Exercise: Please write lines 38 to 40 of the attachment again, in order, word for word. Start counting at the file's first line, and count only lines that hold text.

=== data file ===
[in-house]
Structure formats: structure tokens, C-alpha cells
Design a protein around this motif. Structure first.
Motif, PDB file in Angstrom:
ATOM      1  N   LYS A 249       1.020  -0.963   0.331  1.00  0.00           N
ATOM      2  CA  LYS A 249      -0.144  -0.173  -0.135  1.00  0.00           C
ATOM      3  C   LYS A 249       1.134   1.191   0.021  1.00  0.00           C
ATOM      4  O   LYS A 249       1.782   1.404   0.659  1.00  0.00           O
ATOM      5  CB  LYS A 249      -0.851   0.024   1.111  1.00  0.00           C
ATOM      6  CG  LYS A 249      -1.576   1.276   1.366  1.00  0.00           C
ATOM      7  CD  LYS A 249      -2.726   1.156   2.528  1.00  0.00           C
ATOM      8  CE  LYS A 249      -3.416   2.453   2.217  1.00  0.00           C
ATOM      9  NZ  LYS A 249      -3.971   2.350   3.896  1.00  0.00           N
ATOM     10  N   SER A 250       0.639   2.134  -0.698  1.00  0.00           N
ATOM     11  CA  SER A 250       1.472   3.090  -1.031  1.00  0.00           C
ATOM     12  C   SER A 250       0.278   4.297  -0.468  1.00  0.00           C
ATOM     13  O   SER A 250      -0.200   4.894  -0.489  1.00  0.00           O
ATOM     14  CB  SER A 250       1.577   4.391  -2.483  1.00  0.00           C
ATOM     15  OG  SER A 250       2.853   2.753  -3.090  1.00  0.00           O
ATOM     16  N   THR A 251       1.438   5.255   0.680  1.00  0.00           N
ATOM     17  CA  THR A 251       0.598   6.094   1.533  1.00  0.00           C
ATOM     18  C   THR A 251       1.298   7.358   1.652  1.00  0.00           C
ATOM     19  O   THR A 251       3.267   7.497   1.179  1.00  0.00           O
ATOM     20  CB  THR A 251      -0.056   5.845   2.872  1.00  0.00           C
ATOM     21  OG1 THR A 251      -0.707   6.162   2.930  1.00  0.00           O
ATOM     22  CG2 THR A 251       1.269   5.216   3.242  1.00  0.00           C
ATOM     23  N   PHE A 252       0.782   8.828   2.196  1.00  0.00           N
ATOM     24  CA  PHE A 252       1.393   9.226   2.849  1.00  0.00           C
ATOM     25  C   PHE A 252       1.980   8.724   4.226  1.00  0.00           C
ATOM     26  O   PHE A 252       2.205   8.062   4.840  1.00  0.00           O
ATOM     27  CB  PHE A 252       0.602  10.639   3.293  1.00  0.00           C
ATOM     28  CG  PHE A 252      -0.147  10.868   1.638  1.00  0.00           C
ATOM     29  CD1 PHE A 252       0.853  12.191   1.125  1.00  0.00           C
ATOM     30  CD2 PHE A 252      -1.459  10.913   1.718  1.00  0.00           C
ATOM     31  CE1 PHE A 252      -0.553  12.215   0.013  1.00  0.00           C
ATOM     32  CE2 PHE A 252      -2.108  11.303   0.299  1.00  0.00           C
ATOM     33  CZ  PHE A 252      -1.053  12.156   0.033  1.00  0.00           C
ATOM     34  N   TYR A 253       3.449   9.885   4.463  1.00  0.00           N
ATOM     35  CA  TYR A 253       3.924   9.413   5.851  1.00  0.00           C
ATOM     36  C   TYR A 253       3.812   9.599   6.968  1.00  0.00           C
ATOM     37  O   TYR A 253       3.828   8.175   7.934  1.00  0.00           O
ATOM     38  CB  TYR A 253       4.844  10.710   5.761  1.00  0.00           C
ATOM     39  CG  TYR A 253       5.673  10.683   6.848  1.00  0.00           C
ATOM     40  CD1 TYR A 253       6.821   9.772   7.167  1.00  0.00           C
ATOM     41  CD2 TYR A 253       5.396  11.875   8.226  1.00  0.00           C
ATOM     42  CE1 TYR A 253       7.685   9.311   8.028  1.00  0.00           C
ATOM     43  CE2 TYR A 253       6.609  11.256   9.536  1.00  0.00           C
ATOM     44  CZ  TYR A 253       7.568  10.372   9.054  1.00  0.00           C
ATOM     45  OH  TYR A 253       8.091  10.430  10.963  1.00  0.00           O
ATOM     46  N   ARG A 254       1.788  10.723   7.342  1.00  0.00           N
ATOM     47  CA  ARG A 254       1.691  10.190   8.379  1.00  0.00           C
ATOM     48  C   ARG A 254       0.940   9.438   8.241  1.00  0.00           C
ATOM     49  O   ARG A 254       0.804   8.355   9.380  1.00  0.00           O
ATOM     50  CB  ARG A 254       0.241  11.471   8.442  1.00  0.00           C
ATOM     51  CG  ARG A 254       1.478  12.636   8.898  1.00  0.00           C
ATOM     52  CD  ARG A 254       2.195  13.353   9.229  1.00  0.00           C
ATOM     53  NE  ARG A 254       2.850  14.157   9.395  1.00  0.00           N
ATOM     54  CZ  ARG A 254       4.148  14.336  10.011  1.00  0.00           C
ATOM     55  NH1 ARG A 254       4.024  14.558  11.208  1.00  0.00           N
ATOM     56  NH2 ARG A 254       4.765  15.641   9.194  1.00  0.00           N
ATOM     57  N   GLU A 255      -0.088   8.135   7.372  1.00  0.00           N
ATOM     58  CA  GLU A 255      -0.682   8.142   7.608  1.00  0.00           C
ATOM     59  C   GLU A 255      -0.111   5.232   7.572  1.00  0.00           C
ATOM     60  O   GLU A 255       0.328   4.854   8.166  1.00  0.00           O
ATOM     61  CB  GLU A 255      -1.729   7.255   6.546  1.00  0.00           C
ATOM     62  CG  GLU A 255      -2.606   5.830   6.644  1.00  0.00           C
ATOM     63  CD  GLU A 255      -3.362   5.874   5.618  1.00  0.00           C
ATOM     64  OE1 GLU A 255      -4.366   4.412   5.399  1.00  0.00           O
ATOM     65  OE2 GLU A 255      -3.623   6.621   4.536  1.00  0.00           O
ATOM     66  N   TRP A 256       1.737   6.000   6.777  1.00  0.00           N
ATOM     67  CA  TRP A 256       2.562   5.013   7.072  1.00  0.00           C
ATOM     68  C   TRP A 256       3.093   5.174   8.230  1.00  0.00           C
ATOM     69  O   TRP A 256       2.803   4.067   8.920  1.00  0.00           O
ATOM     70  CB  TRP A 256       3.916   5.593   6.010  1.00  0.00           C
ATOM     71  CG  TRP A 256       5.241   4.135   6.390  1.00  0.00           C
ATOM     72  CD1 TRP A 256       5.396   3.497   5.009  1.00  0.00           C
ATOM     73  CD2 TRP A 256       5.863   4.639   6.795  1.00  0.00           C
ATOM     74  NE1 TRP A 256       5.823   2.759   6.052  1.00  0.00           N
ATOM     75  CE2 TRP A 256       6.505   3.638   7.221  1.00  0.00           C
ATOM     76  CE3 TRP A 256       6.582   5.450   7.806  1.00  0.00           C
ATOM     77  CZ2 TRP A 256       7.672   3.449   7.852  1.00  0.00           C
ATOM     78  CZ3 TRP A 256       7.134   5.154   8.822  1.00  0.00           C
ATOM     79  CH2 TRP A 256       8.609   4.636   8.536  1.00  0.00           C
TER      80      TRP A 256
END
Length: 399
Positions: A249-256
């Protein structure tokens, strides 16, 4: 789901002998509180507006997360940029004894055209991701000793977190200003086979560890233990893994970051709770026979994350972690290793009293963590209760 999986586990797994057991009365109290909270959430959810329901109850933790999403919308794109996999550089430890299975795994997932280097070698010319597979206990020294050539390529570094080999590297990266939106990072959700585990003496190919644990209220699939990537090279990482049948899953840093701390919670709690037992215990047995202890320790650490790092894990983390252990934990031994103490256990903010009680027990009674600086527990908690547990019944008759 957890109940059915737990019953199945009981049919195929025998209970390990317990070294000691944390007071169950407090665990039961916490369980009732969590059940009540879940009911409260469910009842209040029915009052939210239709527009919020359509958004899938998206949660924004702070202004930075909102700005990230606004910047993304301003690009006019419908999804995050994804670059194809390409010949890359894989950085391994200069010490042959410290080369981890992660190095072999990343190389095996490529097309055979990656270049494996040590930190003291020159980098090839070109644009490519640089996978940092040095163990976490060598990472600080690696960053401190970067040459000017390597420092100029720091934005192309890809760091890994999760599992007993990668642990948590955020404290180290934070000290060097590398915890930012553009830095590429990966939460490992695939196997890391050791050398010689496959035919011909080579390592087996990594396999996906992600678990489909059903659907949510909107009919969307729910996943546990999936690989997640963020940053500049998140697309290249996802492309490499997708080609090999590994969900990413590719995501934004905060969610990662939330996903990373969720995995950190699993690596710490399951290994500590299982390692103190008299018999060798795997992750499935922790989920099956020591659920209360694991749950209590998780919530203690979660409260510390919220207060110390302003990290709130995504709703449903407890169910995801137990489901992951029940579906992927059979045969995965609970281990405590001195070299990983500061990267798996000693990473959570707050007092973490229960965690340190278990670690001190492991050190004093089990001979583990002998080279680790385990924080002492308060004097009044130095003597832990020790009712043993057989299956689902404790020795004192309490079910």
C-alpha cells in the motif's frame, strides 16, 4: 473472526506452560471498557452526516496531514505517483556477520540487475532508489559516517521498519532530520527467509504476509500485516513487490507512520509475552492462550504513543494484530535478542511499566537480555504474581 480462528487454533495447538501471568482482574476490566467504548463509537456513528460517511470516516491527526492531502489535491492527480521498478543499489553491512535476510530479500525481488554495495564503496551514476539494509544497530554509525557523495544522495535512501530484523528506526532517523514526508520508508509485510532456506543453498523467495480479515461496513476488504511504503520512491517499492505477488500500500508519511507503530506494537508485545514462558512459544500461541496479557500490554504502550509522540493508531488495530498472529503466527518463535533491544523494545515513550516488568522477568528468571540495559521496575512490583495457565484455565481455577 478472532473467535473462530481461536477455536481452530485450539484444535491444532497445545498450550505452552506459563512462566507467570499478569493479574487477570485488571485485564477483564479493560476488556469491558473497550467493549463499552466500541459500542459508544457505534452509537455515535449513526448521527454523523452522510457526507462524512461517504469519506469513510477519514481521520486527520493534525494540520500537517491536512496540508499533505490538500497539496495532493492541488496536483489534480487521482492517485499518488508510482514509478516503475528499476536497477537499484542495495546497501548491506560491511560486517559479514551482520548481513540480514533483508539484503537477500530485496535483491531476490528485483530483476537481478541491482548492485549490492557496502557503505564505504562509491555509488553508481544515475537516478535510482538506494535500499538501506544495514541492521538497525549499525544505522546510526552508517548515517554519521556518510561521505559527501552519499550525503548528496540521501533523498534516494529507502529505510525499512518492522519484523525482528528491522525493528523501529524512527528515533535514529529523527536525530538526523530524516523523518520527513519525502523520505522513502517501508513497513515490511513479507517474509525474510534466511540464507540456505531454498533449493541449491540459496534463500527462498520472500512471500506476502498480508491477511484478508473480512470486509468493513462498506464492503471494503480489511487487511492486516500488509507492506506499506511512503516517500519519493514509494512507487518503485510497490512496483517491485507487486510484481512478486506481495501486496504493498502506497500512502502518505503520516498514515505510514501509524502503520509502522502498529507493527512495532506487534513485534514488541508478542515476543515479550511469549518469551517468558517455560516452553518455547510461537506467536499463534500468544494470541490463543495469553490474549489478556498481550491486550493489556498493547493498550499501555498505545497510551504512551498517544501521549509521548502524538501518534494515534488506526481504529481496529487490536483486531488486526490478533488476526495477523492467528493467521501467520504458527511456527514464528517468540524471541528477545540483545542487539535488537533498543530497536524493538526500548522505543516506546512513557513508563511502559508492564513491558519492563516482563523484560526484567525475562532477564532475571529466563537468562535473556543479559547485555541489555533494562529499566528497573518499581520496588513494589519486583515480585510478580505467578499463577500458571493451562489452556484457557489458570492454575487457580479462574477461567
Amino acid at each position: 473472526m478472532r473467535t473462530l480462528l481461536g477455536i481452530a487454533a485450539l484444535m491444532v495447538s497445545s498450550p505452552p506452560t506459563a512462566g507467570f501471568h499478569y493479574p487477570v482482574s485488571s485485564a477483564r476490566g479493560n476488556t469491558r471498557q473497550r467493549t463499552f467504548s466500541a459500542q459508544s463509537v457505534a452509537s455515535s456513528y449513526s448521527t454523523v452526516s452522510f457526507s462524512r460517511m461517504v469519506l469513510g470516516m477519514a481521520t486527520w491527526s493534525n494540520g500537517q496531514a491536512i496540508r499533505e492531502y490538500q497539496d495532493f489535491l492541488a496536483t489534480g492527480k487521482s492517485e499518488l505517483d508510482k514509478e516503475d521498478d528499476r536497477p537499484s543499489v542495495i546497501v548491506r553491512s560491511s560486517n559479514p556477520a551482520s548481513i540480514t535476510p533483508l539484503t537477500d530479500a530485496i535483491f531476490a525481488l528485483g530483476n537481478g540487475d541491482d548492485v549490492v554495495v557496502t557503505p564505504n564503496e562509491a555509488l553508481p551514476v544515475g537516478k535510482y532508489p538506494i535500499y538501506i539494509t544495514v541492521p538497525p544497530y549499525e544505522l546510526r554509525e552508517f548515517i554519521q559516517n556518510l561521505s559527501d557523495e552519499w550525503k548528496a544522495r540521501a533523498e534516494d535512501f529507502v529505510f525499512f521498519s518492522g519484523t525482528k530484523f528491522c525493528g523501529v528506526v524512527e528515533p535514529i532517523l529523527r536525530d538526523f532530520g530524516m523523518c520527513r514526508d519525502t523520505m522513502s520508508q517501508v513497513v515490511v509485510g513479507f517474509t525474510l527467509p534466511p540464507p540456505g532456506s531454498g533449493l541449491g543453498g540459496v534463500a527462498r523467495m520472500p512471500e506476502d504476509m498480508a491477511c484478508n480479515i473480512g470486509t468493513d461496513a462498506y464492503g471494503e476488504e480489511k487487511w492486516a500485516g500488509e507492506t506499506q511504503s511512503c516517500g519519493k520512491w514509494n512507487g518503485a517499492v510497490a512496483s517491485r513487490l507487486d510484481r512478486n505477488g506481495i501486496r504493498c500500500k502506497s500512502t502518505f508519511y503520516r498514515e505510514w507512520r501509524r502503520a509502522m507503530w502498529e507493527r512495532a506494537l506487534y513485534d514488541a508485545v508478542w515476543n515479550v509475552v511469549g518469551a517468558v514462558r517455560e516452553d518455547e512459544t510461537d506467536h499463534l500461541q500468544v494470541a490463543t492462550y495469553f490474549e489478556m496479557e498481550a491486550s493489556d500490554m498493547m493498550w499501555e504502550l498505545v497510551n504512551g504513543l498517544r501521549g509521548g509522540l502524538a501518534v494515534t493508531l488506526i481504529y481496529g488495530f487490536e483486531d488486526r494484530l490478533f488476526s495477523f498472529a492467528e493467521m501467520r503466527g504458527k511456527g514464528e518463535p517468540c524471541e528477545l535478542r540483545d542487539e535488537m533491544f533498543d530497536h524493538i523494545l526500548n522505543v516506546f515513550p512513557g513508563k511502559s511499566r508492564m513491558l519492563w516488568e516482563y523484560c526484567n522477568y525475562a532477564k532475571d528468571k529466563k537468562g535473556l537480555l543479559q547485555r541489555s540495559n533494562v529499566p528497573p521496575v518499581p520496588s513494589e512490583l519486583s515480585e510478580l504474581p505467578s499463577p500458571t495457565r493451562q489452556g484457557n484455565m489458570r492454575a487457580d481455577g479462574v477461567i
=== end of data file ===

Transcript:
ATOM     34  N   TYR A 253       3.449   9.885   4.463  1.00  0.00           N
ATOM     35  CA  TYR A 253       3.924   9.413   5.851  1.00  0.00           C
ATOM     36  C   TYR A 253       3.812   9.599   6.968  1.00  0.00           C